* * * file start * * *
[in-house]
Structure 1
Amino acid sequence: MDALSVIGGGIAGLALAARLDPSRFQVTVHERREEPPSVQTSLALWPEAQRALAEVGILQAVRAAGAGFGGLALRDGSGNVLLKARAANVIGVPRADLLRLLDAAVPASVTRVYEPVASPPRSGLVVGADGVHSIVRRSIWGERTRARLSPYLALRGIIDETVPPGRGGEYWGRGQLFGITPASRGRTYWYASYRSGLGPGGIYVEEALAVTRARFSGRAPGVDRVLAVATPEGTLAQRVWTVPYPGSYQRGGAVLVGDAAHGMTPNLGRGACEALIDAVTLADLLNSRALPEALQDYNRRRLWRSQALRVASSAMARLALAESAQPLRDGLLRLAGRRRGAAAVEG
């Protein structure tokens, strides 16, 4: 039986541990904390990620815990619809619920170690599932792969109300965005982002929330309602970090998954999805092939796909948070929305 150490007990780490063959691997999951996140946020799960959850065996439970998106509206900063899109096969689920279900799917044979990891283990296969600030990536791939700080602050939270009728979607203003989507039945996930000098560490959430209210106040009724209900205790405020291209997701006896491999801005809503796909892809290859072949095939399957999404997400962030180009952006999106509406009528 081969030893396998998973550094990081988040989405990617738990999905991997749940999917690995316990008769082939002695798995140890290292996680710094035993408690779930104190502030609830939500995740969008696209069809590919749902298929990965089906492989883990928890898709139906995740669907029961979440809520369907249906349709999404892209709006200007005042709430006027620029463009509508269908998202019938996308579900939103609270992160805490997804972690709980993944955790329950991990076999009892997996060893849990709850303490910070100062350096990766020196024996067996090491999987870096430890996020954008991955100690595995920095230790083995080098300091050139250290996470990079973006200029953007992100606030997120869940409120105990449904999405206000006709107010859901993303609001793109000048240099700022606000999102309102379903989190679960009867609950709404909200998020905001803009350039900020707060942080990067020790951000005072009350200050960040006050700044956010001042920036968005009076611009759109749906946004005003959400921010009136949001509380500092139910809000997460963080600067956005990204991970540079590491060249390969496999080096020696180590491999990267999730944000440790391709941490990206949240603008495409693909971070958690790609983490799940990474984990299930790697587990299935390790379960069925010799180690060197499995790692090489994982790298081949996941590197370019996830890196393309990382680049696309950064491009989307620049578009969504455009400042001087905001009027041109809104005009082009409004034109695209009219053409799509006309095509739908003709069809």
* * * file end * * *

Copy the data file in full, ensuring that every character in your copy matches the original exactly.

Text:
[in-house]
Structure 1
Amino acid sequence: MDALSVIGGGIAGLALAARLDPSRFQVTVHERREEPPSVQTSLALWPEAQRALAEVGILQAVRAAGAGFGGLALRDGSGNVLLKARAANVIGVPRADLLRLLDAAVPASVTRVYEPVASPPRSGLVVGADGVHSIVRRSIWGERTRARLSPYLALRGIIDETVPPGRGGEYWGRGQLFGITPASRGRTYWYASYRSGLGPGGIYVEEALAVTRARFSGRAPGVDRVLAVATPEGTLAQRVWTVPYPGSYQRGGAVLVGDAAHGMTPNLGRGACEALIDAVTLADLLNSRALPEALQDYNRRRLWRSQALRVASSAMARLALAESAQPLRDGLLRLAGRRRGAAAVEG
């Protein structure tokens, strides 16, 4: 039986541990904390990620815990619809619920170690599932792969109300965005982002929330309602970090998954999805092939796909948070929305 150490007990780490063959691997999951996140946020799960959850065996439970998106509206900063899109096969689920279900799917044979990891283990296969600030990536791939700080602050939270009728979607203003989507039945996930000098560490959430209210106040009724209900205790405020291209997701006896491999801005809503796909892809290859072949095939399957999404997400962030180009952006999106509406009528 081969030893396998998973550094990081988040989405990617738990999905991997749940999917690995316990008769082939002695798995140890290292996680710094035993408690779930104190502030609830939500995740969008696209069809590919749902298929990965089906492989883990928890898709139906995740669907029961979440809520369907249906349709999404892209709006200007005042709430006027620029463009509508269908998202019938996308579900939103609270992160805490997804972690709980993944955790329950991990076999009892997996060893849990709850303490910070100062350096990766020196024996067996090491999987870096430890996020954008991955100690595995920095230790083995080098300091050139250290996470990079973006200029953007992100606030997120869940409120105990449904999405206000006709107010859901993303609001793109000048240099700022606000999102309102379903989190679960009867609950709404909200998020905001803009350039900020707060942080990067020790951000005072009350200050960040006050700044956010001042920036968005009076611009759109749906946004005003959400921010009136949001509380500092139910809000997460963080600067956005990204991970540079590491060249390969496999080096020696180590491999990267999730944000440790391709941490990206949240603008495409693909971070958690790609983490799940990474984990299930790697587990299935390790379960069925010799180690060197499995790692090489994982790298081949996941590197370019996830890196393309990382680049696309950064491009989307620049578009969504455009400042001087905001009027041109809104005009082009409004034109695209009219053409799509006309095509739908003709069809």